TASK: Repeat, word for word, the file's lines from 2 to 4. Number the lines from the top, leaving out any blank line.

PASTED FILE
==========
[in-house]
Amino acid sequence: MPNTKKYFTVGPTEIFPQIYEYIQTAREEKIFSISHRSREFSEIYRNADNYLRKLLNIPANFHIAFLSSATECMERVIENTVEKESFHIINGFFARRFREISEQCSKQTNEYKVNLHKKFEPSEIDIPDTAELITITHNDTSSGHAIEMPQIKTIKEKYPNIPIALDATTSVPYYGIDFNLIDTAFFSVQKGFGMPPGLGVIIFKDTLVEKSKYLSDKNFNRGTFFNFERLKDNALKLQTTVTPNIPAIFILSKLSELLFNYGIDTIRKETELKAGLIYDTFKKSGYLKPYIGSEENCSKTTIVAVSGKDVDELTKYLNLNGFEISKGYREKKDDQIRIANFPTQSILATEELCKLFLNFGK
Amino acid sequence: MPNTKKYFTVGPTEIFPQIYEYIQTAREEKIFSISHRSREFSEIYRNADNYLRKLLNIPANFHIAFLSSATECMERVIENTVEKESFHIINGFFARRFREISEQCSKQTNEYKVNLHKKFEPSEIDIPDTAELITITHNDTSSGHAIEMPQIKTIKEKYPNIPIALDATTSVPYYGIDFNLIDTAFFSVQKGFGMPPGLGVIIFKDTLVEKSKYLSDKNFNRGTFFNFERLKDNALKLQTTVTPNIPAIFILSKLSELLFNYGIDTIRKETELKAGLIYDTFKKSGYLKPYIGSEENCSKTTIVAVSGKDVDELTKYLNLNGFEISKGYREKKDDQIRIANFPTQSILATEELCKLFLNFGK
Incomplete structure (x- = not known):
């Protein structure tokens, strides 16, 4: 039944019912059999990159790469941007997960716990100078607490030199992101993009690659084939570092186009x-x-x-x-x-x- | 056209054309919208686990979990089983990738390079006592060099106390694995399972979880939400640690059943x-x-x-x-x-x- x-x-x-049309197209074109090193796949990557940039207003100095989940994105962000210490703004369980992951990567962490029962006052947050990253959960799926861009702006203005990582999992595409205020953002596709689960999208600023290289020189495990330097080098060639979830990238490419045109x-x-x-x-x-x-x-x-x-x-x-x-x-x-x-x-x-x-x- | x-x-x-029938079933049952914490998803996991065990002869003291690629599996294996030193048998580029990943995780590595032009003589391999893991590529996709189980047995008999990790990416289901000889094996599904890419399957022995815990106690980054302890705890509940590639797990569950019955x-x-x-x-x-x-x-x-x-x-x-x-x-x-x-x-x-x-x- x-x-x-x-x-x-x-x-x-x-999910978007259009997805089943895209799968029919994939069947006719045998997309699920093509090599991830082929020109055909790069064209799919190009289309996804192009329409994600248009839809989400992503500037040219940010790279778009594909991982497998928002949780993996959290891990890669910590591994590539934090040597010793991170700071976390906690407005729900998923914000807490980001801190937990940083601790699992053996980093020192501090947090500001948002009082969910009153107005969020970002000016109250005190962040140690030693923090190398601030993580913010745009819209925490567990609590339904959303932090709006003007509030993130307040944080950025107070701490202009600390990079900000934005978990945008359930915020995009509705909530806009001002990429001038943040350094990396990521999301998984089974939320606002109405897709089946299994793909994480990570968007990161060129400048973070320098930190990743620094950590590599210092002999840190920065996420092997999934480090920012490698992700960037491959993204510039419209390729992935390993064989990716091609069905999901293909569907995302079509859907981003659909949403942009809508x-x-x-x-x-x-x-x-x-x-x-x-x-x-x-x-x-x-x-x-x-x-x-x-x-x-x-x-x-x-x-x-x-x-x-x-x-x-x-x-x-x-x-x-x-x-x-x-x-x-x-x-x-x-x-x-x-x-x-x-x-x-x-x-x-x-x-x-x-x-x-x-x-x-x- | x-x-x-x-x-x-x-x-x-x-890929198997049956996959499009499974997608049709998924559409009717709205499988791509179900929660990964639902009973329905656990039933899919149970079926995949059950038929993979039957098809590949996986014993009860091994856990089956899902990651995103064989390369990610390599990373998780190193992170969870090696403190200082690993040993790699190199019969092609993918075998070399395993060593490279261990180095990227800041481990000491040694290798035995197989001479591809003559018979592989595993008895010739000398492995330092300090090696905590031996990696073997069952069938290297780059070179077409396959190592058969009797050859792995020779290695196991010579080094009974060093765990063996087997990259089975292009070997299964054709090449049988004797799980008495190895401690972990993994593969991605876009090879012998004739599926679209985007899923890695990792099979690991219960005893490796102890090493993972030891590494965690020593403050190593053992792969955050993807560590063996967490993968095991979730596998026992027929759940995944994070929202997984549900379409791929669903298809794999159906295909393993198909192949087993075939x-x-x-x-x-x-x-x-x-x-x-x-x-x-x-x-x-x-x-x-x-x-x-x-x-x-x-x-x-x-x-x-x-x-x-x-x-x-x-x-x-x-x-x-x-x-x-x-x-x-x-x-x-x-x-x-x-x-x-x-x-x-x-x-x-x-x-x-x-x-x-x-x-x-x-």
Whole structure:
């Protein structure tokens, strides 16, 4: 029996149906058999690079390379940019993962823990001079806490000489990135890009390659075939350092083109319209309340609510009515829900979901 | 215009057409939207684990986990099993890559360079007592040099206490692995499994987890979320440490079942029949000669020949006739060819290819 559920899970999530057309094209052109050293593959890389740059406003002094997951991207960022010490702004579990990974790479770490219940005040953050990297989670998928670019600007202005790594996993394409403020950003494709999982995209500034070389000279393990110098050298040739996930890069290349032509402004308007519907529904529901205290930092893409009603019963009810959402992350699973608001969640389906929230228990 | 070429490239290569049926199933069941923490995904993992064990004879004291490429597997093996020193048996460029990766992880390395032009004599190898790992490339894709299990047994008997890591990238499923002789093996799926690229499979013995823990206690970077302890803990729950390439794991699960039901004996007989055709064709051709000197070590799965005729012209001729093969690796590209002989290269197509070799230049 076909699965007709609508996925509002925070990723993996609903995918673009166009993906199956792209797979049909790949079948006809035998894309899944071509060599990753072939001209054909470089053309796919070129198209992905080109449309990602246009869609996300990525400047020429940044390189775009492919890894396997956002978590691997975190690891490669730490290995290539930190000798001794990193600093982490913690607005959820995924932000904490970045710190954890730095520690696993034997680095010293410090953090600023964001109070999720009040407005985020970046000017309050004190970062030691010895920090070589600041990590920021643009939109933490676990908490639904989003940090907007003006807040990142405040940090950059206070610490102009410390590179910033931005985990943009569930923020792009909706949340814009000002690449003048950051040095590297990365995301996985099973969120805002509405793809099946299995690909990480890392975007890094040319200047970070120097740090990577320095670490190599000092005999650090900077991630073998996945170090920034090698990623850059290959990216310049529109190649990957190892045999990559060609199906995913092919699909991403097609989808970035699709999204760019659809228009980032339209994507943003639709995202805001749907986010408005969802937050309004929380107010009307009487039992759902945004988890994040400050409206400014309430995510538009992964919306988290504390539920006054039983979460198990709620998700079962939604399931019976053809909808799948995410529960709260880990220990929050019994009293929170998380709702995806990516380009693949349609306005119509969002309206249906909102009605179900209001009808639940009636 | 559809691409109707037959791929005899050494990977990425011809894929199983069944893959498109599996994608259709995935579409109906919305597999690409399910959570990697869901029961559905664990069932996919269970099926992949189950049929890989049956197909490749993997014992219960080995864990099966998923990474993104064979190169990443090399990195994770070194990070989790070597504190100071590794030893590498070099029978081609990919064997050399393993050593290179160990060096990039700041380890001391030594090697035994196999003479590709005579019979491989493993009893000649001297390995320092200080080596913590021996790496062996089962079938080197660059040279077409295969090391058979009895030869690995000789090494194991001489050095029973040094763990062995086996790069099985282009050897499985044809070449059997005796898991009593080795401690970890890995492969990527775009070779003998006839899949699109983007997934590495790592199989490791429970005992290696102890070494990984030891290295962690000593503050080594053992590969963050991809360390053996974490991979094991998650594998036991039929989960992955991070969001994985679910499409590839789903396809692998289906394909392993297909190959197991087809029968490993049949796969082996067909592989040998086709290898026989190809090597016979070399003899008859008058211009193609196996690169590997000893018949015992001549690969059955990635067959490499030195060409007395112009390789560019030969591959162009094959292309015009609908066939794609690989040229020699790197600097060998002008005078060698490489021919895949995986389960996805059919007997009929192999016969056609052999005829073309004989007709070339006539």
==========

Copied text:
Amino acid sequence: MPNTKKYFTVGPTEIFPQIYEYIQTAREEKIFSISHRSREFSEIYRNADNYLRKLLNIPANFHIAFLSSATECMERVIENTVEKESFHIINGFFARRFREISEQCSKQTNEYKVNLHKKFEPSEIDIPDTAELITITHNDTSSGHAIEMPQIKTIKEKYPNIPIALDATTSVPYYGIDFNLIDTAFFSVQKGFGMPPGLGVIIFKDTLVEKSKYLSDKNFNRGTFFNFERLKDNALKLQTTVTPNIPAIFILSKLSELLFNYGIDTIRKETELKAGLIYDTFKKSGYLKPYIGSEENCSKTTIVAVSGKDVDELTKYLNLNGFEISKGYREKKDDQIRIANFPTQSILATEELCKLFLNFGK
Amino acid sequence: MPNTKKYFTVGPTEIFPQIYEYIQTAREEKIFSISHRSREFSEIYRNADNYLRKLLNIPANFHIAFLSSATECMERVIENTVEKESFHIINGFFARRFREISEQCSKQTNEYKVNLHKKFEPSEIDIPDTAELITITHNDTSSGHAIEMPQIKTIKEKYPNIPIALDATTSVPYYGIDFNLIDTAFFSVQKGFGMPPGLGVIIFKDTLVEKSKYLSDKNFNRGTFFNFERLKDNALKLQTTVTPNIPAIFILSKLSELLFNYGIDTIRKETELKAGLIYDTFKKSGYLKPYIGSEENCSKTTIVAVSGKDVDELTKYLNLNGFEISKGYREKKDDQIRIANFPTQSILATEELCKLFLNFGK
Incomplete structure (x- = not known):